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Optimizing for the end of your resort guests’ experiences.

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There’s a fascinating type of experiment that is built around the idea of people experiencing something uncomfortable. Perhaps painful. The setup is that you have each person in the experiment feel this discomfort twice for the same amount of time.

The rub is that one of those times instead of stopping the discomfort at the end of that timeframe, you lessen the discomfort slightly but you extend the time.

In other words, they actually feel discomfort longer but the ending is less unpleasant.

What’s wild is that if you then ask those people which version they would want to do again, the majority of people will choose the longer version with the better ending.

The lesson is simple but profound:

How an experience ends plays a huge role in the overall perception and memory of the experience.

In that video above from one of my favorite YouTubers, Veritasium, Derek explains all of the fascinating implications of this including, as you guessed it, travel.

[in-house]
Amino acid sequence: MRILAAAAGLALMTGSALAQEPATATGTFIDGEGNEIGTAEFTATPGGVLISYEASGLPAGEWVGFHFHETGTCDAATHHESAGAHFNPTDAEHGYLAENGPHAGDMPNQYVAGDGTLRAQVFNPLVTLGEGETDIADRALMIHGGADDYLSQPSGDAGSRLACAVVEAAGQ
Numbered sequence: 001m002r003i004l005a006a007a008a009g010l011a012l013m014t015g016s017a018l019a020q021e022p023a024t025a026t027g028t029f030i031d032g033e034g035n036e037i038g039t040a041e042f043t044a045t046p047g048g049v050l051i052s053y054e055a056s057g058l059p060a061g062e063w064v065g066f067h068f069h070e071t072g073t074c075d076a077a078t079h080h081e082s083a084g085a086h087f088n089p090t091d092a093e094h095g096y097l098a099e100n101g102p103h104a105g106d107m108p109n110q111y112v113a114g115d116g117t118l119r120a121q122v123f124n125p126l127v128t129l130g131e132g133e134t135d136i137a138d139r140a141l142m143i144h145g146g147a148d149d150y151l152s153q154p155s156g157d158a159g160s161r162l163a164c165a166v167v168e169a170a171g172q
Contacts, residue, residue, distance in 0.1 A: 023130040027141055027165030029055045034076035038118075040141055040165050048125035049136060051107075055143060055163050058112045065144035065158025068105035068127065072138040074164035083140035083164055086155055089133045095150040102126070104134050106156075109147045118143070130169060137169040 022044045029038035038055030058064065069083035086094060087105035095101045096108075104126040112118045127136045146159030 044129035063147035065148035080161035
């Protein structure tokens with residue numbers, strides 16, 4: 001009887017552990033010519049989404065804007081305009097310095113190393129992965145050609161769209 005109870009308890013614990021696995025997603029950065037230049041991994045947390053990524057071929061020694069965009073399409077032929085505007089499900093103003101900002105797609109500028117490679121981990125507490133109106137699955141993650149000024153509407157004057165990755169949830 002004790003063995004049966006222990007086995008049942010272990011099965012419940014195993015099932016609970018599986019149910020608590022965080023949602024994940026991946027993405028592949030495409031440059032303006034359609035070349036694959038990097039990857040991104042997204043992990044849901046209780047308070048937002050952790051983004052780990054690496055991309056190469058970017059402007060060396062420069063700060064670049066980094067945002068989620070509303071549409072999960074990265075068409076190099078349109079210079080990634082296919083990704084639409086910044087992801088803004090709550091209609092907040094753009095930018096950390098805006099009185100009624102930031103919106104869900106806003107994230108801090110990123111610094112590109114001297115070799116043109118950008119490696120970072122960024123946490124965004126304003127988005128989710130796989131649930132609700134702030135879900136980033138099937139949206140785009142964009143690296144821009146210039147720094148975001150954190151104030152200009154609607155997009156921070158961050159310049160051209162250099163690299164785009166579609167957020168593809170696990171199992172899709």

There are a lot of things we do to help our guests have a great time. Many of things are front-loaded – a pre-arrival email, for example, that helps ensure their trip starts well – but I want you to take a few minutes today to ponder on what you can do to optimize for the ending of someone’s trip. The last day or hours or moments when they’re at your resort.

Maybe they had a pretty good time, but the snow wasn’t great. Maybe the had all sorts of delays during their travels to the mountain. Maybe the lift lines were terrible.

The idea that if you give them a little something in the middle of that experience, it may have a much smaller effect on the perception of their overall experience that if they get that something at the end? That you can overcome at least a portion of a poor experience by putting a little extra effort and attention onto the way each guests wraps up their day or week at your resort?

That’s a fascinating idea to ponder on.

And that’s all I’m suggesting you do today. Add this idea to your brain, let it simmer, see what dots connect, and, whether it’s next week or next year, maybe it’ll spark some interesting ideas.

About Gregg & SlopeFillers
I've had more first-time visitors lately, so adding a quick "about" section. I started SlopeFillers in 2010 with the simple goal of sharing great resort marketing strategies. Today I run marketing for resort ecommerce and CRM provider Inntopia, my home mountain is the lovely Nordic Valley, and my favorite marketing campaign remains the Ski Utah TV show that sold me on skiing as a kid in the 90s.

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